Early Commemoratives

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Introduction to U.S. Classic Commemorative Silver Coins

Written by: LeeG

 All images in this lesson are of current events in 1892 when Classic Commemoratives were first proposed to the marketplace. Coins are an ideal way of expressing ideas or to mark historical events.

The United States Congress has been authorizing commemorative coins since the first commemorative half dollar was created in 1892 honoring the 400th anniversary of the discovery of the New World by Columbus.

wagons(From the Clinton Daily News, Clinton, OK Photo Archives.)

Most commemorative coins are issued at a premium above their face value. The additional funds are used for particular projects or charitable organizations. The Columbian half dollars, for example, were sold at $1 each at the Columbian Exposition in 1893 and the 1936 Cincinnati Music Center commemorative half dollars; made in Philadelphia, Denver and San Francisco;are sold in sets at the price of $7.75.

trainPhoto above taken in 1892 when Dr. William Seward Webb's Mohawk & Malone Railroad reached Fulton Chain, 2 miles south of Old Forge, NY. The Arnold's House on the hillside was built by Charles Frederick Herreshoff during his stay in Brown's Track from 1811 - 1819.
(Image from http://www.webbhistory.org/m3h.htm)

Though the half dollar has been the main vehicle for silver commemorative coins, there have been two quarters; one in 1893 featuring Queen Isabella made for the Board of Lady Managers for the Columbian Exposition and the Bicentennial quarter with the dual dates 1776-1976. There are also dollar commemoratives, the first being the Lafayette dollar of 1900 and the next issue made 83 years later commemorating the 1984 Olympics.

The number of commemorative issues peaked in the 1930's, and declined in the 1940's to only one design featuring Booker T. Washington, and one other in the 1950's featuring George Washington Carver. Recently, commemorative issues have become popular again and the United States Congress has authorized commemoratives almost every year since 1982.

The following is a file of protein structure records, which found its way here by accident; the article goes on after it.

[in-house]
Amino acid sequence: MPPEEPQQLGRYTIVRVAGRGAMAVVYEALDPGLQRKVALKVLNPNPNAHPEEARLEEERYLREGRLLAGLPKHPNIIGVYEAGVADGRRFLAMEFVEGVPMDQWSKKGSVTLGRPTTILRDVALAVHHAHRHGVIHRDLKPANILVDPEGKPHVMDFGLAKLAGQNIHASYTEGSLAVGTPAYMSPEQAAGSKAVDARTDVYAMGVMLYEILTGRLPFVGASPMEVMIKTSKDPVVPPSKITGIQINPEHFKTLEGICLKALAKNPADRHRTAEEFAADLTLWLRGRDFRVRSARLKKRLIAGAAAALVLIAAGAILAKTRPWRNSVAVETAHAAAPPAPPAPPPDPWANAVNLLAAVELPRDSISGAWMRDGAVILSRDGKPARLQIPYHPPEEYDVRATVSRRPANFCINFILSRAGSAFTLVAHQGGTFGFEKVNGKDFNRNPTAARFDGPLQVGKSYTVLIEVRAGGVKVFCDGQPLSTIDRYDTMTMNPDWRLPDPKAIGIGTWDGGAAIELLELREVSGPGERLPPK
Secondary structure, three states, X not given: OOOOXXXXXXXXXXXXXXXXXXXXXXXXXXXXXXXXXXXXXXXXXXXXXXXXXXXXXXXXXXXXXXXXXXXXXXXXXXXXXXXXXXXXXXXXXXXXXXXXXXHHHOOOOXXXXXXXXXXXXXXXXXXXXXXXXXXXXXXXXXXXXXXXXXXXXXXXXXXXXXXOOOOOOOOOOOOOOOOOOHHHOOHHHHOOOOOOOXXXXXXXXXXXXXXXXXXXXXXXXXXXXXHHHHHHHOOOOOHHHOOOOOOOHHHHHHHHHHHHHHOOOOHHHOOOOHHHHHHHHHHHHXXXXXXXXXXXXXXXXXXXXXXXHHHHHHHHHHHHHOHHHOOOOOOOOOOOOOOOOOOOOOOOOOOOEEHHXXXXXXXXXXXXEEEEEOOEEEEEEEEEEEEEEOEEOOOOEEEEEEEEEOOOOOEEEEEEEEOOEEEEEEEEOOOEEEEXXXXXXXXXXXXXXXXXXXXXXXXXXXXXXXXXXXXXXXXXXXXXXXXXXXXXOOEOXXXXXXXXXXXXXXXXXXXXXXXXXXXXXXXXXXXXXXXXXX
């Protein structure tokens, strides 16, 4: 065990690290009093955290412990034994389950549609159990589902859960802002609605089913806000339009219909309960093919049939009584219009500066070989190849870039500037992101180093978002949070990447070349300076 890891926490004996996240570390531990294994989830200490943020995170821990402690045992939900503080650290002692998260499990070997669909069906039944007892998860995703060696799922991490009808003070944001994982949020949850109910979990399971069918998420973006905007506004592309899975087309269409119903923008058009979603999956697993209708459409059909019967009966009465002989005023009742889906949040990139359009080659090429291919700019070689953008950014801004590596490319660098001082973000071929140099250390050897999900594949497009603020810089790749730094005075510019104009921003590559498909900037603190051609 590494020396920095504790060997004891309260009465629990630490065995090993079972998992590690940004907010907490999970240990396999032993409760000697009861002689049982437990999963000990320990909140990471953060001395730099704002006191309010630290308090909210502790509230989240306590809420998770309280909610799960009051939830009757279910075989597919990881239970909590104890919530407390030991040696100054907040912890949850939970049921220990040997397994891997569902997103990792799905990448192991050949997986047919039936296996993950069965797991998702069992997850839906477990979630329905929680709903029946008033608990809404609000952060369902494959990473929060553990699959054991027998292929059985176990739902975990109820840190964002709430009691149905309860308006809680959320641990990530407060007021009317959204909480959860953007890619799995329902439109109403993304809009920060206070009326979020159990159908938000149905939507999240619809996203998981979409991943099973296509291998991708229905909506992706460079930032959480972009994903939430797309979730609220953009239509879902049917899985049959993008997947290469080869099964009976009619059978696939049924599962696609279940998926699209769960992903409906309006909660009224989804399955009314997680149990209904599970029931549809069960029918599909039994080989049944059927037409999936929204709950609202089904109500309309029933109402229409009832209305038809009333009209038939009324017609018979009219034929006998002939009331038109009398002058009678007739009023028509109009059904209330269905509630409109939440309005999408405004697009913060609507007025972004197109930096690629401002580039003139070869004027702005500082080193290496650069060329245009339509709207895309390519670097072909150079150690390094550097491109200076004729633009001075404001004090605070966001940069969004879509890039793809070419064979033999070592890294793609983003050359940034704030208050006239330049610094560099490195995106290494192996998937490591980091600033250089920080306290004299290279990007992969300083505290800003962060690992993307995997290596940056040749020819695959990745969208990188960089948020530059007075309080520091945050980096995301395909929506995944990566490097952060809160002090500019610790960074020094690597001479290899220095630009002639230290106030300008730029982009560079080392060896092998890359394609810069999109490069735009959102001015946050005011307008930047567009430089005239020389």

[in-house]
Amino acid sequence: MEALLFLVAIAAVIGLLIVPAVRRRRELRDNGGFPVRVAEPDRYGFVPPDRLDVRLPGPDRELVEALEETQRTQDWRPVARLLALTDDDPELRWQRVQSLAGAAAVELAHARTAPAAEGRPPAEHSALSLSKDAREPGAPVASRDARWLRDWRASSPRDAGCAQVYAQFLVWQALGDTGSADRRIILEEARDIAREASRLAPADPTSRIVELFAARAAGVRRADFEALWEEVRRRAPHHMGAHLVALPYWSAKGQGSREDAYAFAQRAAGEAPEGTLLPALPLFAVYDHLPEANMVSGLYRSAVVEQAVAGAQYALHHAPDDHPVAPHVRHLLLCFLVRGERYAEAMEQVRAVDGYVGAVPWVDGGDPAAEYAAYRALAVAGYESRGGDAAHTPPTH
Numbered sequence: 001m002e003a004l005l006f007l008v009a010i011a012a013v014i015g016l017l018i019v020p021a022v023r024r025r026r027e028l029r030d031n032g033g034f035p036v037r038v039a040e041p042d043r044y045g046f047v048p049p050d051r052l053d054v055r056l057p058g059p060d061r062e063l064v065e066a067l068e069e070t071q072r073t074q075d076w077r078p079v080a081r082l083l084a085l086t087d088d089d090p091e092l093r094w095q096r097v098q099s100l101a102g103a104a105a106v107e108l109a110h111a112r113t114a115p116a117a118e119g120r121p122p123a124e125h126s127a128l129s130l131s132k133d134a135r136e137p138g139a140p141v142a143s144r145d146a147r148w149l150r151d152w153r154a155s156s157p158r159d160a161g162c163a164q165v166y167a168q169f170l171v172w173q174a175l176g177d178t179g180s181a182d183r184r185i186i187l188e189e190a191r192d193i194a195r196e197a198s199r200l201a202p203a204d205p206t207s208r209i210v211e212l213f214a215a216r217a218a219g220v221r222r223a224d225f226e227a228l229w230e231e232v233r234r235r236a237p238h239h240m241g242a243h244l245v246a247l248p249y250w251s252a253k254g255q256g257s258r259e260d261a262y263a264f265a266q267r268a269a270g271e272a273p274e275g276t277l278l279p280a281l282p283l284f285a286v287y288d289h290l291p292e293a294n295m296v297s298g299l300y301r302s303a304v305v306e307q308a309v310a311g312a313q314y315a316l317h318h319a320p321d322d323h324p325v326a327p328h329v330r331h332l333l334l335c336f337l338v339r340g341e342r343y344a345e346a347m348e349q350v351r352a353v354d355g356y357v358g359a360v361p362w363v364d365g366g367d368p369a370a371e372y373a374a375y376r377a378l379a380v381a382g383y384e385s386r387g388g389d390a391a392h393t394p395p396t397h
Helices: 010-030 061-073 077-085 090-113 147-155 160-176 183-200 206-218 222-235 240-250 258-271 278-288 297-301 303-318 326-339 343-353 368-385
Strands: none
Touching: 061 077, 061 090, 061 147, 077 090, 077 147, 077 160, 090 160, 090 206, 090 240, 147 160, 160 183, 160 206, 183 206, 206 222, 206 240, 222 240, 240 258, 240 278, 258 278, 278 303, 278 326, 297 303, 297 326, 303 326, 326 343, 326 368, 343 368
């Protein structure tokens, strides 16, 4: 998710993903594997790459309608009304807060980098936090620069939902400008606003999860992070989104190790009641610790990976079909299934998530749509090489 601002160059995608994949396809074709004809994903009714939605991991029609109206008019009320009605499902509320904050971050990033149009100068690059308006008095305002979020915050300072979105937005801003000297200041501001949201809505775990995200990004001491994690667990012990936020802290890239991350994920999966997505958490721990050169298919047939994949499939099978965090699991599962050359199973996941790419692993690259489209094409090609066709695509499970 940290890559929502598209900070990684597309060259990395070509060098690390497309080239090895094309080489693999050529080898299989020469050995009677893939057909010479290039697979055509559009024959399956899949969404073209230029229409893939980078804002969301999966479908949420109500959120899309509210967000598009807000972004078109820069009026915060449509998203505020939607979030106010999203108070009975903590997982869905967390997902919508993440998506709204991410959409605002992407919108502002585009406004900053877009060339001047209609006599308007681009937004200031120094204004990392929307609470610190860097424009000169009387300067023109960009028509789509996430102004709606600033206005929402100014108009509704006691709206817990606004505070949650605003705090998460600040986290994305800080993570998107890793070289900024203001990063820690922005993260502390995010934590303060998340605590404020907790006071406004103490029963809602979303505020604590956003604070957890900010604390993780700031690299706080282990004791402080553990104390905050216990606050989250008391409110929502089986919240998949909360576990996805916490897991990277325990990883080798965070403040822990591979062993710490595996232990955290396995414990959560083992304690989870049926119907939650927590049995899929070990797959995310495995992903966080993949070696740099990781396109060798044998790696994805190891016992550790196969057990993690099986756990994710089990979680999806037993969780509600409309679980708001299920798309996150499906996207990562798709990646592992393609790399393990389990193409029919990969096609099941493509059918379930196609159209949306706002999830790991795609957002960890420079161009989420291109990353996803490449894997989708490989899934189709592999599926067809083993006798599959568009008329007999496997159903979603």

bikes(Image courtesy of rootsweb.com)

Collectors love commemoratives and there's an active market for the all the issues including the modern ones. Putting sets together of the pre-1982 coins is a daunting challenge in that there are 144 pieces with 50 different designs in the classic silver commemorative series alone. If you have some commemorative silver half dollars, they may be worth from a few dollars to hundreds, even thousands of dollars, depending on the rarity and demand for that type.

A Brief Overview of Silver Commemoratives

The World’s Columbian Exposition, intended to be held in Chicago in 1892 to observe the 400th anniversary of Columbus’ landing in America, furnished the opportunity for the first United States commemorative coin, the 1892 Columbian half dollar. As it turned out, the Exposition was not completed in time, and the gates of the fair were not thrown open to the public until a year later in 1893. Additional Columbian half dollars with the 1893 date were produced. In the same year a small number of 1893 Isabella quarter dollars were issued at the Exposition, and were the first and only commemoratives of this denomination.

Columbian Expositionblogs.lib.berkeley.edu

The next silver commemorative coin is the 1900-dated Lafayette silver dollar, all of which were struck in a single day on December 14, 1899, the 100th Anniversary of George Washington’s death. Conjoined portraits of Lafayette and Washington appear on the obverse of the coin. Next is the 1915-S half dollar issued for the Panama-Pacific International Exposition held in San Francisco in 1915, followed by the 1918 Illinois Centennial, 1920 Maine Centennial, and 1920 and 1921 Pilgrim Tercentenary half dollars.

1900-dated Lafayette silver dollarDU VALL 3-D “The Maddy Rae Collection, Mark Goodman image, Coin Rarities Online

Production of commemorative half dollars continued through 1954, with the year 1936 being particularly memorable with the issuance of a dozen new designs. At the time, commemoratives were a nationwide fad, prices jumped virtually overnight, and thousands of new buyers jumped on the bandwagon. Soon a peak was reached, followed by a market decline. However, commemoratives were here to stay, and from that time onward they have been a foundation stone in American numismatics.

dust bowlMay 13, 1936 Dallas, South Dakota. Buried machinery in a barn lot during the Dust Bowl, an agricultural, ecological, and economic disaster in the Great Plains region of North America. http://commons.wikimedia.org

Congressional criticism of commemorative half dollars resulted in the suspension of issues after 1954. It was not until 1982 that production was resumed, this time, with more equitable marketing and pricing programs, with distribution handled by the U.S. Mint. Earlier, many coins had been distributed by private commissions and individuals, not all of whom acted fairly.